By virtually any metric that keeps track of this sort of thing, Robert Downey Jr. is the biggest movie star in the world. As the centerpiece of Marvel’s Avengers and Iron Man franchises, he’s basically been printing money for over a decade. With two more Avengers movies on the way, as well as a major cameo in Spider-Man: Homecoming, he’s set to anchor at least several more billion-dollar megahits.
But with no more Marvel movies left on his contract beyond The Avengers: Infinity Wars parts one and two – and a fourth standalone Iron Man not likely – it’s time for RDJ to start planning what he wants to do once he hangs up the red and gold suit once and for all.
Will he chase that elusive Oscar by tackling more serious fare like The Soloist and The Judge? Will he try to carry another franchise, like the Sherlock Holmes movies? Or will he return to darker fare like Zodiac and Kiss Kiss, Bang Bang, two films that established him as one of our most electric and daring actors before Iron Man made him a Disney poster boy?
Fans hoping for the latter probably shouldn’t hold their breath. On Monday, Variety reported that Downey Jr. is set to star as Doctor Dolittle in an upcoming reboot of the classic film (and the Eddie Murphy version that followed), called The Voyage of Doctor Dolittle. If you’re unfamiliar with the property, it’s basically about a man who talks to animals. This suggests that Downey Jr. is temporarily done taking creative risks, as many of his leading man counterparts often do.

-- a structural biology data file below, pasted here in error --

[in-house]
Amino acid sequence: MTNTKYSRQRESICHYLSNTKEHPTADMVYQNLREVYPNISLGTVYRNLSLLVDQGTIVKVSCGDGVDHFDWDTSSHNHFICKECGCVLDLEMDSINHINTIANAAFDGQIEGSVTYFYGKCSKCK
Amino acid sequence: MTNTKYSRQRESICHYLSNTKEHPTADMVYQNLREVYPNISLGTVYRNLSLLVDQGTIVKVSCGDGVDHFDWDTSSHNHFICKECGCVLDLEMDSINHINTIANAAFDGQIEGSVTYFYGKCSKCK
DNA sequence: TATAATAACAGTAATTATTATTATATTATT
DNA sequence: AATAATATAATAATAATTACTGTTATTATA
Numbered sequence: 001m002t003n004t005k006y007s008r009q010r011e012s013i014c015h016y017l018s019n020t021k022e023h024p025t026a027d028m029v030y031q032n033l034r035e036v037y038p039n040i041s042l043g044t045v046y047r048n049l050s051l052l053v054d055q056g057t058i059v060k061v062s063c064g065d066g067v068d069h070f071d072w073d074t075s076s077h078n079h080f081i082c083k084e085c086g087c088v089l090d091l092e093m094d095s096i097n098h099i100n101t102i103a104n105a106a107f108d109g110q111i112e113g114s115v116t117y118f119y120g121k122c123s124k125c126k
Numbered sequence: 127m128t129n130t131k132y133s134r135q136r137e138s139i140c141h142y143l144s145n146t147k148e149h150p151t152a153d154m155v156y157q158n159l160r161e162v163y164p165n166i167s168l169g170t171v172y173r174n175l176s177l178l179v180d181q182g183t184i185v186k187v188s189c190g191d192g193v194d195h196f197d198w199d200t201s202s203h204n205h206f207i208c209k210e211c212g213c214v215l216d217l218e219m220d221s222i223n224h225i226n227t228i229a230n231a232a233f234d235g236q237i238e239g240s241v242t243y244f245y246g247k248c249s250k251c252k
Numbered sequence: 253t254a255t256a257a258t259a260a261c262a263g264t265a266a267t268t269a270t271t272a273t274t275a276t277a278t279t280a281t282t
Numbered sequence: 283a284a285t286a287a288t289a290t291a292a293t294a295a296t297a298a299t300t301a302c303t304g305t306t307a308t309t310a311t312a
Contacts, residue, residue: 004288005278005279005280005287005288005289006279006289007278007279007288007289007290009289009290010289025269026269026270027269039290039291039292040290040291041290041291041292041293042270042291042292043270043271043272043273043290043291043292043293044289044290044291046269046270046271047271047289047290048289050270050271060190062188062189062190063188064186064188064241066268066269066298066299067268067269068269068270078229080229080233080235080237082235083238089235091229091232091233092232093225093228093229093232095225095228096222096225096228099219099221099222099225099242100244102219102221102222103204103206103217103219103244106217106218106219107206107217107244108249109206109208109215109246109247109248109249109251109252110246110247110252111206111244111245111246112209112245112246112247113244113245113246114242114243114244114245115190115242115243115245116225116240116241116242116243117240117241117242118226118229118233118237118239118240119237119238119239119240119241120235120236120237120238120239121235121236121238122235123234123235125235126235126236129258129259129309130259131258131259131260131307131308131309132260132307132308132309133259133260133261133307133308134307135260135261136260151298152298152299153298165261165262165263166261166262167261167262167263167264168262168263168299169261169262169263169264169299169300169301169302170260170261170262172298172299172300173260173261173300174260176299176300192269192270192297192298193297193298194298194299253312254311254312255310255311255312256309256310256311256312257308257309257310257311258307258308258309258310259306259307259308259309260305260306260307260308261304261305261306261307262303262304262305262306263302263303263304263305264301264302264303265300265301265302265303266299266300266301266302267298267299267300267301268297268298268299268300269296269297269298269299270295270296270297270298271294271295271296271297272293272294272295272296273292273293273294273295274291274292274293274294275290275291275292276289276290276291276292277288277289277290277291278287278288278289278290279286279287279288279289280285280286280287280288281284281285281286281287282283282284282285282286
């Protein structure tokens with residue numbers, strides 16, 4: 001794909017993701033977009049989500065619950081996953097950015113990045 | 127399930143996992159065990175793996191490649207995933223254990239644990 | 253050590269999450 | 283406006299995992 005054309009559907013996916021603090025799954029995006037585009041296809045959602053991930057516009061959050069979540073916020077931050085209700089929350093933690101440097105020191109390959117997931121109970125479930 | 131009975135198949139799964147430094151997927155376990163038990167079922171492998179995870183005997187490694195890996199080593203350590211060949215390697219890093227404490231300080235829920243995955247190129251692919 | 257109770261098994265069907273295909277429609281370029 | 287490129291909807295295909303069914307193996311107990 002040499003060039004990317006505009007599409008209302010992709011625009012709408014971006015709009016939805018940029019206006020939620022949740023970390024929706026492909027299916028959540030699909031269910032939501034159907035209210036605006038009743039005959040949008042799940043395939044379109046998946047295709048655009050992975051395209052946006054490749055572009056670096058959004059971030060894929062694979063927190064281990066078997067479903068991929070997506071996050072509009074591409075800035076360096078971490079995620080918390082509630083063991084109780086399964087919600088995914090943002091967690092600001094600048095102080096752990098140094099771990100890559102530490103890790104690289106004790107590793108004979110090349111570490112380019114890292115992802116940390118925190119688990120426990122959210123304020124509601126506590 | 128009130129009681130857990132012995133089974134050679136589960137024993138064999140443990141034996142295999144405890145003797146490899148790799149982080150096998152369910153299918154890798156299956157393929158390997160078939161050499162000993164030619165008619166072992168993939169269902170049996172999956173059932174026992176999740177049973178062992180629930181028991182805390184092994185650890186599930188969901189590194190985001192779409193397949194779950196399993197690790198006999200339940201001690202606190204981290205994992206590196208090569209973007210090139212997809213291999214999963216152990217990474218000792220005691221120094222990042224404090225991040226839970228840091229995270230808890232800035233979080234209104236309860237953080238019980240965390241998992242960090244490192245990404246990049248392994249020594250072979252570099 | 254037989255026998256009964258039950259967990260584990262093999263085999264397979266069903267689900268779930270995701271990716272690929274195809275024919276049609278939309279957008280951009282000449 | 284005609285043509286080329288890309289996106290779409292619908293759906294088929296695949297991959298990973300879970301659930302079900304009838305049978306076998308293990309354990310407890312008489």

For anyone who’s been paying close attention to his career, Downey Jr.’s aversion to working on anything outside of the big budget studio sphere should come as no surprise. In 2015, when asked if he wanted to return to his low-budget roots, the actor gave a pretty definitive answer, calling indie films “exhausting” and characterized them as “taking the most out of you.” Adding insult to injury, RDJ called those who work on smaller films “inexperienced and lame.”
But as actors like Leonardo DiCaprio, Brad Pitt, and even Matthew McConaughey have proven, you don’t need to go indie to be interesting. All three actors have managed to push creative boundaries while working firmly inside the studio system. Imagine what would happen if RDJ teamed with a director like Martin Scorsese or Christopher Nolan? Fans of Zodiac (we know you’re out there) would kill to see Downey Jr. reteam with David Fincher on another smoke-black procedural. But if Downey Jr., who at 51 is still relatively young by leading man standards, wants to stay atop the box office for now, that’s certainly his prerogative. After all, it wasn’t too long ago that Downey Jr.’s personal problems landed him in Hollywood (and literal) jail, which must make his current position as king of the hill all the sweeter.
So while we shouldn’t panic about Downey Jr.’s current career trajectory just yet, let’s also remember that in a day and age when true movie stars have become disposable commodities, it would be a shame if we lost one of our last true originals.